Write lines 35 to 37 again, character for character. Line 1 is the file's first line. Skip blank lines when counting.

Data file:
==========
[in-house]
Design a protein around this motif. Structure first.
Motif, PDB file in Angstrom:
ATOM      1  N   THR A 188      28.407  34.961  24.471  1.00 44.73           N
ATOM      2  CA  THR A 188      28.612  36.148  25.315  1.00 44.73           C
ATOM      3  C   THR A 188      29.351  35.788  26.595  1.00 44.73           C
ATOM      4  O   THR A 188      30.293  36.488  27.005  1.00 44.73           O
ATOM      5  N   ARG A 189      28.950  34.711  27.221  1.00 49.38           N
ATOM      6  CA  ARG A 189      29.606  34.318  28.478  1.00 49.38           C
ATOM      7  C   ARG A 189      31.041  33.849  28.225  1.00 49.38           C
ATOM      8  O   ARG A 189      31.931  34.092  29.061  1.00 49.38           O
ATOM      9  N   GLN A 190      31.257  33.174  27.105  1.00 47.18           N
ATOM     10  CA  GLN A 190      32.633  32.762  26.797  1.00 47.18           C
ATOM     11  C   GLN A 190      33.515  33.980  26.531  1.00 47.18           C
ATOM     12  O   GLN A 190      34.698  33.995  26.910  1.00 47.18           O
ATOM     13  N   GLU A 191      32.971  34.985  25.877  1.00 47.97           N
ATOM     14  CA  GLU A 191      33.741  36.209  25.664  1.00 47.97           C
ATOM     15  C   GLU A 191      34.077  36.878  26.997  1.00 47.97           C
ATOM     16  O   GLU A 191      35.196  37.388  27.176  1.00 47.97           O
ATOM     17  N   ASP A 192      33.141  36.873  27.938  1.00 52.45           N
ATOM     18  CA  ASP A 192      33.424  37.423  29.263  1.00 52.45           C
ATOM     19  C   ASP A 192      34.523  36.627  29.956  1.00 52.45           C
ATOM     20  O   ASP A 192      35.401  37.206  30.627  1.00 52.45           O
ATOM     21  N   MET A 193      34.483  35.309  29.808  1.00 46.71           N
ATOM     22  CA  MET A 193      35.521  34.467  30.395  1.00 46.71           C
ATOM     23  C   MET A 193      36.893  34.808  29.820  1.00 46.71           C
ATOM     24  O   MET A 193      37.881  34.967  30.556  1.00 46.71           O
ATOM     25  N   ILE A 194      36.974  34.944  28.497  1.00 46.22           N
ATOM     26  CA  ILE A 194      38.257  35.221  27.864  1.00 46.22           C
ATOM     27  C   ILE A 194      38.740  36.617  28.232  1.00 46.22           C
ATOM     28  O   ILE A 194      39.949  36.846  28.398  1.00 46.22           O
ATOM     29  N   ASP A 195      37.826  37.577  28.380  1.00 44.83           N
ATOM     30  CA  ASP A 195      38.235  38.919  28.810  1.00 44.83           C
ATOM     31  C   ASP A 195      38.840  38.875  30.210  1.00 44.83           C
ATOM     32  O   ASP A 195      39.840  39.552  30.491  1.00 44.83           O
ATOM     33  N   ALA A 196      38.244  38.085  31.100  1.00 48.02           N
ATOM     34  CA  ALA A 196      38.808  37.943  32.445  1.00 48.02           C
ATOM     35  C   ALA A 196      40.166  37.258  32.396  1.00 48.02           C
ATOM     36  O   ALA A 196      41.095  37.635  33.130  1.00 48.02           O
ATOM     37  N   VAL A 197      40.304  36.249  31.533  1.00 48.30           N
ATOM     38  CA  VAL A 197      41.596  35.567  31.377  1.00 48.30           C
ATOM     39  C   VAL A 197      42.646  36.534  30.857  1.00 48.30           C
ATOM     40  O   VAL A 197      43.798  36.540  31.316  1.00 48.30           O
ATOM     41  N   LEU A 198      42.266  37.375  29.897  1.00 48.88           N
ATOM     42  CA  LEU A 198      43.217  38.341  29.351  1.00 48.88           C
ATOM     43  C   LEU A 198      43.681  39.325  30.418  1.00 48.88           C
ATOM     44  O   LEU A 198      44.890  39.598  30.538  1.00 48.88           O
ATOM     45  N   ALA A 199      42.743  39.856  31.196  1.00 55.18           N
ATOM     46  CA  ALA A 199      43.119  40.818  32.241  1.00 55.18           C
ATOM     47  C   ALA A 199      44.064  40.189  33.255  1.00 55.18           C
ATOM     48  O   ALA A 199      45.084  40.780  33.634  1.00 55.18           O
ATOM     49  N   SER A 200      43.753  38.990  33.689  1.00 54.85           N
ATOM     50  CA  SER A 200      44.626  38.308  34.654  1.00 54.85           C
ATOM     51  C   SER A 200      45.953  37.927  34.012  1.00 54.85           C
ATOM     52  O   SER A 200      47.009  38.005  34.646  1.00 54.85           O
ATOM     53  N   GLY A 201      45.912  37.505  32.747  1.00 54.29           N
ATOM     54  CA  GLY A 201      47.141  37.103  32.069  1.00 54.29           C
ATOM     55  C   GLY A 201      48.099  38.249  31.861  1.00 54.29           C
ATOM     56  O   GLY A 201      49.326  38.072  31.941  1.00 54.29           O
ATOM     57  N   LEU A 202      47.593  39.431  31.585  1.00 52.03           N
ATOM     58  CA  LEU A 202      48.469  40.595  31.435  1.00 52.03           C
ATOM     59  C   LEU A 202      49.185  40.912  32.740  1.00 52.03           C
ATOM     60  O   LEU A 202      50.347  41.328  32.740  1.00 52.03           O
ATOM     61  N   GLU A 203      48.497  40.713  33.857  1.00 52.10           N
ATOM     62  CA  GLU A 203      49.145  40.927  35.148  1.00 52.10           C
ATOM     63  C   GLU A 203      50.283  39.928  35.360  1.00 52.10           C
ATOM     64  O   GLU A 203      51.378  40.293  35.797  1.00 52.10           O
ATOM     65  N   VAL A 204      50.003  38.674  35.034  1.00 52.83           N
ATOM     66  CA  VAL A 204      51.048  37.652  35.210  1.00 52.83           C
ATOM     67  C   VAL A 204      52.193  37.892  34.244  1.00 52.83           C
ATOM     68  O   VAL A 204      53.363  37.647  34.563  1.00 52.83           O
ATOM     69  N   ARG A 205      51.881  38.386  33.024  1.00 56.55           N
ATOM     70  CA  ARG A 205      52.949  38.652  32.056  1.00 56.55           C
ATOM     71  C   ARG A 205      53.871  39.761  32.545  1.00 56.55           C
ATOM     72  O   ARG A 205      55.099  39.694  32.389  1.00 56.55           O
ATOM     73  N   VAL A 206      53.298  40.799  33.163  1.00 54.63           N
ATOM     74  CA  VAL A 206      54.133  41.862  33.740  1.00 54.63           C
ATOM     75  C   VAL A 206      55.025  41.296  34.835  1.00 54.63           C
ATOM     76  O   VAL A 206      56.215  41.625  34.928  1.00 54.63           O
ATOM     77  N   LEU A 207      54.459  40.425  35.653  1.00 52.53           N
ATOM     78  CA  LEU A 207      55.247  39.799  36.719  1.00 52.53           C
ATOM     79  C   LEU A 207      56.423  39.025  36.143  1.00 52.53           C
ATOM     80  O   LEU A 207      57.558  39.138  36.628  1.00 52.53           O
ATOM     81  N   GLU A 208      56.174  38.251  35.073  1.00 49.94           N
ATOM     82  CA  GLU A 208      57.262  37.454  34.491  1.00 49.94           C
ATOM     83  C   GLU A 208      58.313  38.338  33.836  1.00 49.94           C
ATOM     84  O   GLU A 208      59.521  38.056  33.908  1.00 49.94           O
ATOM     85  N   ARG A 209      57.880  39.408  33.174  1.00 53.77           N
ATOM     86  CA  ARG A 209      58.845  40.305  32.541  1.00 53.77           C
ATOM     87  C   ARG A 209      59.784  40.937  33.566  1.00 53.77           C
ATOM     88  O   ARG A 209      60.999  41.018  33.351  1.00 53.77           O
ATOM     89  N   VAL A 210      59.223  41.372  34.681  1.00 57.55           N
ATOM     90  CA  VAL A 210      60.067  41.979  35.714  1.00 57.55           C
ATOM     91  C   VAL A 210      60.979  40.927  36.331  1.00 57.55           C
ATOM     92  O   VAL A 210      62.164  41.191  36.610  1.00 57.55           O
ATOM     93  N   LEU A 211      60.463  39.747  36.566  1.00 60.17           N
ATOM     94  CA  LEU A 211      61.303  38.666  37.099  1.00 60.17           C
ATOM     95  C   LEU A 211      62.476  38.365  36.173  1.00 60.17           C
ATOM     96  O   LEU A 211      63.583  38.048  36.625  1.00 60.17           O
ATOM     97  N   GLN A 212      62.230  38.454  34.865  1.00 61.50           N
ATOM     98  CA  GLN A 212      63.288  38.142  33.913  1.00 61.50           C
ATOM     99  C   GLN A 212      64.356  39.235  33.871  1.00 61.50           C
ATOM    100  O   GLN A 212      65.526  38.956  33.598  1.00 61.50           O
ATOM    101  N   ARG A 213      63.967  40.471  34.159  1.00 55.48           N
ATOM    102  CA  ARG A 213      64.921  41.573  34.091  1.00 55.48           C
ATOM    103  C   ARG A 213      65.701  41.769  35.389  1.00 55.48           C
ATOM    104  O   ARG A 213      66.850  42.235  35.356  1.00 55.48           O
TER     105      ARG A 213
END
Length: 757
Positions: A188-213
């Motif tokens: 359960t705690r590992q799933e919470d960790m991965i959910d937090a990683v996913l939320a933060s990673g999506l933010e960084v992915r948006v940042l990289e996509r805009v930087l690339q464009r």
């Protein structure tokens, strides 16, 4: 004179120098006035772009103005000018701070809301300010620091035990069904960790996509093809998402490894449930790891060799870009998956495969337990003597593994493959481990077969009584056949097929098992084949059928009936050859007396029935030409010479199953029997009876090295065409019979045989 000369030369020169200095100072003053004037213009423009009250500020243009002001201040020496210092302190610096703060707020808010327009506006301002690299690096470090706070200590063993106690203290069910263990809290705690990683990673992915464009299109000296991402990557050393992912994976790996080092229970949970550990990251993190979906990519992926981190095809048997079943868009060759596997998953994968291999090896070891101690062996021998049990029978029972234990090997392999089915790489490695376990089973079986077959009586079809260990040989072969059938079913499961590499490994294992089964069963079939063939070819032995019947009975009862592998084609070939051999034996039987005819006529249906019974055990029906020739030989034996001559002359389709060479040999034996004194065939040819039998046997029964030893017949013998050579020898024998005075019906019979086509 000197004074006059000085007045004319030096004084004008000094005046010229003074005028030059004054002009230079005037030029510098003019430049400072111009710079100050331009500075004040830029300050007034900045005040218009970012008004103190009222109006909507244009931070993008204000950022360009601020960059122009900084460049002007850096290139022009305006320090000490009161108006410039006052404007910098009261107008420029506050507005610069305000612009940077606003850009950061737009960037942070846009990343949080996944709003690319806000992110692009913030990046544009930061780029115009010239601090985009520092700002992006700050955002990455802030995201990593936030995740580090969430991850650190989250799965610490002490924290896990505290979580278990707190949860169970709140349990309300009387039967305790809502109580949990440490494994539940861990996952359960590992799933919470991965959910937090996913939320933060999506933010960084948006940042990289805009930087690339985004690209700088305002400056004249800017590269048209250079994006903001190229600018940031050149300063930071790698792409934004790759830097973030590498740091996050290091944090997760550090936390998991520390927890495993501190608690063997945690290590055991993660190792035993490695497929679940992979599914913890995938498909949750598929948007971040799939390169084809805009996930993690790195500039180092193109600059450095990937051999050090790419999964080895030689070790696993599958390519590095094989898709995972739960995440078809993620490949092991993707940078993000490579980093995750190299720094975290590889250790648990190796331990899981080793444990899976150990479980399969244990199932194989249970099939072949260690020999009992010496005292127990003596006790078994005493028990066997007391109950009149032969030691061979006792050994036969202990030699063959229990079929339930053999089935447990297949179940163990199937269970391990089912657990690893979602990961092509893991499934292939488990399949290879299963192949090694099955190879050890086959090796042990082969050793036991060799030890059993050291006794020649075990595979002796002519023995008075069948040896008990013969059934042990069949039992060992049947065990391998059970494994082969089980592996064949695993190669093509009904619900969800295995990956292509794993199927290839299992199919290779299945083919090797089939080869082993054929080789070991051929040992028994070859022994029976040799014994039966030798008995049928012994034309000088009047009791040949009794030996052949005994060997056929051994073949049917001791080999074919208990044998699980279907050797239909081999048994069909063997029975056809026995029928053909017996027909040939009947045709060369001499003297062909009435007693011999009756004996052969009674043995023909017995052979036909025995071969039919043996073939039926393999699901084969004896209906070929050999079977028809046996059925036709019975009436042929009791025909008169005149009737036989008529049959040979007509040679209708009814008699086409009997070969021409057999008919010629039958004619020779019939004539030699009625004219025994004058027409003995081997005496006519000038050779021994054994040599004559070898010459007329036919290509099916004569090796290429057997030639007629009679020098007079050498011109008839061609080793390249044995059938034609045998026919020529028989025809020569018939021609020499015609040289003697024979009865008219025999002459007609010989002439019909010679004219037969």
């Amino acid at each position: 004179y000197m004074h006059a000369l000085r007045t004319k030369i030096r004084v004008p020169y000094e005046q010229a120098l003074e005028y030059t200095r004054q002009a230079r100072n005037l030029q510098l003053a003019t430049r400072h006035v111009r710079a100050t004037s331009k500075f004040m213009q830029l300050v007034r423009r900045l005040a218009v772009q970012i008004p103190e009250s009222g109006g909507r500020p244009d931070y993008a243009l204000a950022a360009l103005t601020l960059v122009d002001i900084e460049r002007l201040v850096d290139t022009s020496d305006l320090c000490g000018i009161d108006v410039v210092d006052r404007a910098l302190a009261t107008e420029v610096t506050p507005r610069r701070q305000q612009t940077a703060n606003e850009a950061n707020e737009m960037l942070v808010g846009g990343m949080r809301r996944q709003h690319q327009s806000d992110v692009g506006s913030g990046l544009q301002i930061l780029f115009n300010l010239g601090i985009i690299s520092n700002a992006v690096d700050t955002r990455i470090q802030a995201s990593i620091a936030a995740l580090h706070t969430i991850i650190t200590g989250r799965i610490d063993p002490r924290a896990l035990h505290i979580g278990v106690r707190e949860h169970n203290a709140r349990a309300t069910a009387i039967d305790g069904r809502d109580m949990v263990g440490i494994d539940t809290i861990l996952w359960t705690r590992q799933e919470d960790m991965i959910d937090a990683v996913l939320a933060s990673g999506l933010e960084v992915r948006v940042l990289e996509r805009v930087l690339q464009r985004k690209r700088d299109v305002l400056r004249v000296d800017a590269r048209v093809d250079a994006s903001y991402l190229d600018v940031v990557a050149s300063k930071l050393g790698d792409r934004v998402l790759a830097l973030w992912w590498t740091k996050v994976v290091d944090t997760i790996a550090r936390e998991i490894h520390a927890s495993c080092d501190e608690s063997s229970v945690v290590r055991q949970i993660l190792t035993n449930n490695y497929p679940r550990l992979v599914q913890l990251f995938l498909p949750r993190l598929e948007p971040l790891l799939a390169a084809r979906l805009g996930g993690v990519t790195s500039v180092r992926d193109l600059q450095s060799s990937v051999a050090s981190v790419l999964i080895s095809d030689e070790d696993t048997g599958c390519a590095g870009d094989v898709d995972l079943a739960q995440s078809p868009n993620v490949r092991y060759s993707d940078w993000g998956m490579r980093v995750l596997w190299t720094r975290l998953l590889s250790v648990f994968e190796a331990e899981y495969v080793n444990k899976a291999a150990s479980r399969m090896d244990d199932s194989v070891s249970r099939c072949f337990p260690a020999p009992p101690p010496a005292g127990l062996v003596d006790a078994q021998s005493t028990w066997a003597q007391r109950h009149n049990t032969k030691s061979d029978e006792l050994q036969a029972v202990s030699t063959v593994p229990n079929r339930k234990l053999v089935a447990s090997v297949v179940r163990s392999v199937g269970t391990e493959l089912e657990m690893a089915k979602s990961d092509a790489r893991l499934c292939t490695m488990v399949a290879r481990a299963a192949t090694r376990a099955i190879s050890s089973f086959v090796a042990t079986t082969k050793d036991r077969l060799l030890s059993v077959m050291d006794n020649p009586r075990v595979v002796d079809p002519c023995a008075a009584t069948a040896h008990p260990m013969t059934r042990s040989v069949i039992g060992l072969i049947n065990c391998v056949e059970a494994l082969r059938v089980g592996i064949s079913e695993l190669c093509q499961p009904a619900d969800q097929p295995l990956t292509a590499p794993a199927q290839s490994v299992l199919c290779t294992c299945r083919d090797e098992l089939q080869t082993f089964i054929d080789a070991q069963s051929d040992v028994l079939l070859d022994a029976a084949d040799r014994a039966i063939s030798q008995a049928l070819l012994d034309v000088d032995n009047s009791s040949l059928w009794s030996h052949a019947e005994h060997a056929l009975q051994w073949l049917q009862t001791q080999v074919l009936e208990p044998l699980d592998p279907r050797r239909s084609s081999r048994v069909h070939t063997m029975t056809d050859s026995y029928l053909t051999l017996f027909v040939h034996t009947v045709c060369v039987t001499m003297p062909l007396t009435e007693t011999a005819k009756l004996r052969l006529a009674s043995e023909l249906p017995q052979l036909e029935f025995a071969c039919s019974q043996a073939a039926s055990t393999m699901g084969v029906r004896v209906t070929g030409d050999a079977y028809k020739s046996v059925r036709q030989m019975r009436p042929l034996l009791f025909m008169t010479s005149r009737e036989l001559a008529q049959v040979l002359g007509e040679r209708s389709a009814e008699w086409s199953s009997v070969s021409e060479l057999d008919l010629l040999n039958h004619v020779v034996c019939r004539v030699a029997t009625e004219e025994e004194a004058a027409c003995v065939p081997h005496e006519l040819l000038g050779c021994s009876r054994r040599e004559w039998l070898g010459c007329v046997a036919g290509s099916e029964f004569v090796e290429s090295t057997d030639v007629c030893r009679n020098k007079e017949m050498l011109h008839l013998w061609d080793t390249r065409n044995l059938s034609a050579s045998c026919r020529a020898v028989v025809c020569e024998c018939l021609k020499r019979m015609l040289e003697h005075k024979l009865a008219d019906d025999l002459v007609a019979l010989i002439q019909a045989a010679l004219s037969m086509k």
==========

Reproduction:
ATOM     32  O   ASP A 195      39.840  39.552  30.491  1.00 44.83           O
ATOM     33  N   ALA A 196      38.244  38.085  31.100  1.00 48.02           N
ATOM     34  CA  ALA A 196      38.808  37.943  32.445  1.00 48.02           C